January 4, 2022 12:30:59 pm
Gauri Mishra, one of the youngest pianists in the country, started fiddling and eventually learning the instrument when she was only four years old. The 15-year-old said she got interested in playing the keys “after watching stalwarts like AR Rahman and Adnan Sami” weaving their magic.
Today, the Pradhan Mantri Rastriya Bal Puraskar 2020 awardee — from President of India Ram Nath Kovind — aims to inspire confidence in parents that girls can also win laurels.
“Grateful to my gurus who taught me every minor technique and skill. Because of that, I can try and play four genres of music i.e. Indian classical, Western, Bollywood, and fusion based on Indian raags on piano which is considered rare and unique,” said the class 10 student of Amity International School, Sector 46, Gurugram.
“Experimenting with music is something that keeps me interested. Learning music is a never-ending journey, and experimenting with it is just like spices that add flavour to a dish,” added Gauri, who is currently working on a new musical project, while preparing for her upcoming exams.
Gauri made the record of being the Youngest Pianist at the age of nine in 2015 by giving a solo performance that was judged by the Officials of India Book of Records. Notably, International Association of Educators for World Peace (Affiliation-UNESCO, UNICEF and ECOSOC) and many other world records have also certified her as the youngest piano player.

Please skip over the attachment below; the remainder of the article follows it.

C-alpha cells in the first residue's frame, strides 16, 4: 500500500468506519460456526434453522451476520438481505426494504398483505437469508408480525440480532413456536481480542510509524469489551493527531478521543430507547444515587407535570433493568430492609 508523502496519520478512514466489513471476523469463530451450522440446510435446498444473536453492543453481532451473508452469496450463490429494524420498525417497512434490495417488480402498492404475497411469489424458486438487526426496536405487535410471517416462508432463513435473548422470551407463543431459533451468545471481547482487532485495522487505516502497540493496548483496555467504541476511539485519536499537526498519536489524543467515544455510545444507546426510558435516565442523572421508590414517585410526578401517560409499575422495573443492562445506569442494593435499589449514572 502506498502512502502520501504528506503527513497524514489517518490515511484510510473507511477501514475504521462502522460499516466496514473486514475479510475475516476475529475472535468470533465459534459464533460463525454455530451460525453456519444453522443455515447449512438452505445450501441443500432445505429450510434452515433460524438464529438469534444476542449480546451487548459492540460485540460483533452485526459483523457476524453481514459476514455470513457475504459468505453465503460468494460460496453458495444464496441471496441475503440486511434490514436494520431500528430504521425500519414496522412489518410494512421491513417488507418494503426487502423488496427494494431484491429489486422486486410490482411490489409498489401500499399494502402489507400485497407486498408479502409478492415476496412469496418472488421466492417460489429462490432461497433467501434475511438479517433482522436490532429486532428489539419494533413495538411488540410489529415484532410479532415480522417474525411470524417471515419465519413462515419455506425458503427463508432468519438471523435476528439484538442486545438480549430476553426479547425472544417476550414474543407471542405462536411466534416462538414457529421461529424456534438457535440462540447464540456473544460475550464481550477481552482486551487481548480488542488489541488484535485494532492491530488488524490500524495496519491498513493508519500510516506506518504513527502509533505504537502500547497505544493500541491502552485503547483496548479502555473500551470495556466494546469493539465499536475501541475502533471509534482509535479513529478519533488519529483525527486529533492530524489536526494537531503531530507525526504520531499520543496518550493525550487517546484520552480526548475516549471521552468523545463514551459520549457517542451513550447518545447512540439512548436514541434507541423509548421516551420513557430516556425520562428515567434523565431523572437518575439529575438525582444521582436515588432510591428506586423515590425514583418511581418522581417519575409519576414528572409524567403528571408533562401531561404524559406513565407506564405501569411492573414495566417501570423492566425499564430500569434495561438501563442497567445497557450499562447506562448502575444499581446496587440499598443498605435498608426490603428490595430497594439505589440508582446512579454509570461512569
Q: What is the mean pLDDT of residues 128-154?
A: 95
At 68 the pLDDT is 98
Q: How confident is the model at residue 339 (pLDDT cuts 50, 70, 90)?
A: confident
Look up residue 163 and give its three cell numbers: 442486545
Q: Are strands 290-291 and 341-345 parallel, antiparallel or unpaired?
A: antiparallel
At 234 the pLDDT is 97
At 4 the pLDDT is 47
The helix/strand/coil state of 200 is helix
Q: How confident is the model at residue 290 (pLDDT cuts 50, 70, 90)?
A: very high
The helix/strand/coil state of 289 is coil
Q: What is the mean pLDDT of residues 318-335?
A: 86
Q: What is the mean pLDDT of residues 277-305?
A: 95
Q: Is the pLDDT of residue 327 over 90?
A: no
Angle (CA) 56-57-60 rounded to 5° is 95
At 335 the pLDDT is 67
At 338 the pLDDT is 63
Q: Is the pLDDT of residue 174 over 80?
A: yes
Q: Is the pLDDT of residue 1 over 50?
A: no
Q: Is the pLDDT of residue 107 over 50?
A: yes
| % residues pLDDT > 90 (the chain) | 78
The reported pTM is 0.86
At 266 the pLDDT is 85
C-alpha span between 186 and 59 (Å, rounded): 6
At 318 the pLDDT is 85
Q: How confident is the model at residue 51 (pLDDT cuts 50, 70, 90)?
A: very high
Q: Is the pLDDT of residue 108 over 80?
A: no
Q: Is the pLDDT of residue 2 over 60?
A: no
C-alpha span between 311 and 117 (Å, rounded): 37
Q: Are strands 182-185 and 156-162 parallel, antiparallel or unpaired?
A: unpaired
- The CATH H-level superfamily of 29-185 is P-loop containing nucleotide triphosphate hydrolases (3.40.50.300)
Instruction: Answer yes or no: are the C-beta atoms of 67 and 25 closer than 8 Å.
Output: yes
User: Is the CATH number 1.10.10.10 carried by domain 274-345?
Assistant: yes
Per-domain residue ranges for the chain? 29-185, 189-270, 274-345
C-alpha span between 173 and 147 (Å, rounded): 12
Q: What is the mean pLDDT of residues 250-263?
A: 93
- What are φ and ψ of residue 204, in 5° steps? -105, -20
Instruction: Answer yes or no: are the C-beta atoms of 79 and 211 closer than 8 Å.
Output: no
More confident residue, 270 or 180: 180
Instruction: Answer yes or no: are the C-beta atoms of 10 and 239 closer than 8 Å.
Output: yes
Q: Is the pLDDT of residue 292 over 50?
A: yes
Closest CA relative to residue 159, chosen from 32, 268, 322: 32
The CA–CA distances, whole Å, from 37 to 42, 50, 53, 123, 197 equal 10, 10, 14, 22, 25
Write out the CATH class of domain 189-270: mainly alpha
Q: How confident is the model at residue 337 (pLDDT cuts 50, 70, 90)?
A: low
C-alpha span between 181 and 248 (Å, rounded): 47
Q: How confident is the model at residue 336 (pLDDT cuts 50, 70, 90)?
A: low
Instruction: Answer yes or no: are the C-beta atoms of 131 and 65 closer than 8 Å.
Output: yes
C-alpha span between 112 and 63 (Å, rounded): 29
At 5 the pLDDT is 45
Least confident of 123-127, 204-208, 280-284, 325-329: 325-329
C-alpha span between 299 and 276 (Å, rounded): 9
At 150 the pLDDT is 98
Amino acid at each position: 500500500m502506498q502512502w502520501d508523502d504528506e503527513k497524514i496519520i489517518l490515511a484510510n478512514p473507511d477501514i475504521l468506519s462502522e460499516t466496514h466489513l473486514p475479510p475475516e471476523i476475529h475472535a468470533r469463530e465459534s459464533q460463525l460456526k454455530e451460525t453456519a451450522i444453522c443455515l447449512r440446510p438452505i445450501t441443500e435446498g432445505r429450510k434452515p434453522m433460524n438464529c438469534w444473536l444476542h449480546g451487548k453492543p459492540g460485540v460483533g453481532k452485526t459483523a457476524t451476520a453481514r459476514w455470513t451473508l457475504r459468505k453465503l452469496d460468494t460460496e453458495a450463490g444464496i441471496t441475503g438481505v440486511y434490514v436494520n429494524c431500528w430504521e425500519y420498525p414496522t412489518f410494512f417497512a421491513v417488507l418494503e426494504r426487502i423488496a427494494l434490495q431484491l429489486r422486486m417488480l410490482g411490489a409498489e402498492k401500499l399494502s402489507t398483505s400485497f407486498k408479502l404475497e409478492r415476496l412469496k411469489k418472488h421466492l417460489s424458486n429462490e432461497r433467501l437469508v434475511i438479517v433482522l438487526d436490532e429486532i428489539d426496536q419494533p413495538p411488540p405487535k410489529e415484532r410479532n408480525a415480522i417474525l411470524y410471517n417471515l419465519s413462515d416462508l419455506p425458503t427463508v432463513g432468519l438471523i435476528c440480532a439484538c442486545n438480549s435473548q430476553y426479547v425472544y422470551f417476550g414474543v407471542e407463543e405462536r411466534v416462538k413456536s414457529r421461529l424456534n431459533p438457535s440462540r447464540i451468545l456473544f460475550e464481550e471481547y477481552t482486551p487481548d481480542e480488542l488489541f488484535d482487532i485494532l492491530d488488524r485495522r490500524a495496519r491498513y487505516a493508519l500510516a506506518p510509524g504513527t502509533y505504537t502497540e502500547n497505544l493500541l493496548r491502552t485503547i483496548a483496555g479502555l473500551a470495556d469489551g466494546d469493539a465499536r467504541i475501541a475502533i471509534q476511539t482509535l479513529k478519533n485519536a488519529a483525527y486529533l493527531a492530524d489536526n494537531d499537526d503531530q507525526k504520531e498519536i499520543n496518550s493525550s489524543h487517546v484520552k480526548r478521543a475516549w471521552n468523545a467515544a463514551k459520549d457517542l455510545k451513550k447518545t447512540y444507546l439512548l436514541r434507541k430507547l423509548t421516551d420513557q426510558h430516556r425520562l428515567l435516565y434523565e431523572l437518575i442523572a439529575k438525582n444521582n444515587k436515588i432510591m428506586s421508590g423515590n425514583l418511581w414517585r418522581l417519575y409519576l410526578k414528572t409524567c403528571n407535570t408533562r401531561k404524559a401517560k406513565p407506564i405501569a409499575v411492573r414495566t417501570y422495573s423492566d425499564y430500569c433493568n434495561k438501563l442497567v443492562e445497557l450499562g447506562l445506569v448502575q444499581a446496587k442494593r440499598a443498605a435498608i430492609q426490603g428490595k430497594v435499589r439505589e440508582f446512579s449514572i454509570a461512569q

Does she ever feel that vocals often overpower instrumental music?
“It is all about your interest, love and feeling. According to me, you have to play any instrument based on the audience and time. Vocals usually deliver a specific message or story, while instrumental music encourages the listener to use their imagination and emotional memory. I also believe that vocals sound beautiful when instrumental music is backing it up. Music can create all kinds of moods, like suspense, happiness, sadness, anger, rebel etc. An orchestra or band without a vocalist may not seem incomplete,” Gauri, who is pursuing her music certification from Trinity college of London, and Prayag Sangeet Samiti Allahabad, India, told indianexpress.com.
Equating the 88 black and white keys of the piano to the “ups and downs of life”, Gauri, who recently injured her left wrist (considered extremely important for playing piano) and is currently recovering, expressed how piano is her “guiding light”. “I am still working on getting back the strength in the hand. But like they say, it is about trying every day,” said the young prodigy.
She wants children to be influenced by music, culture, sports and other co-curricular activities. “My dream is to see India as one of the happiest countries in the world which co-curriculars can do,” said the musician who wants to “compose an album, which receives any of the Big Four Grammy awards to make the nation proud”.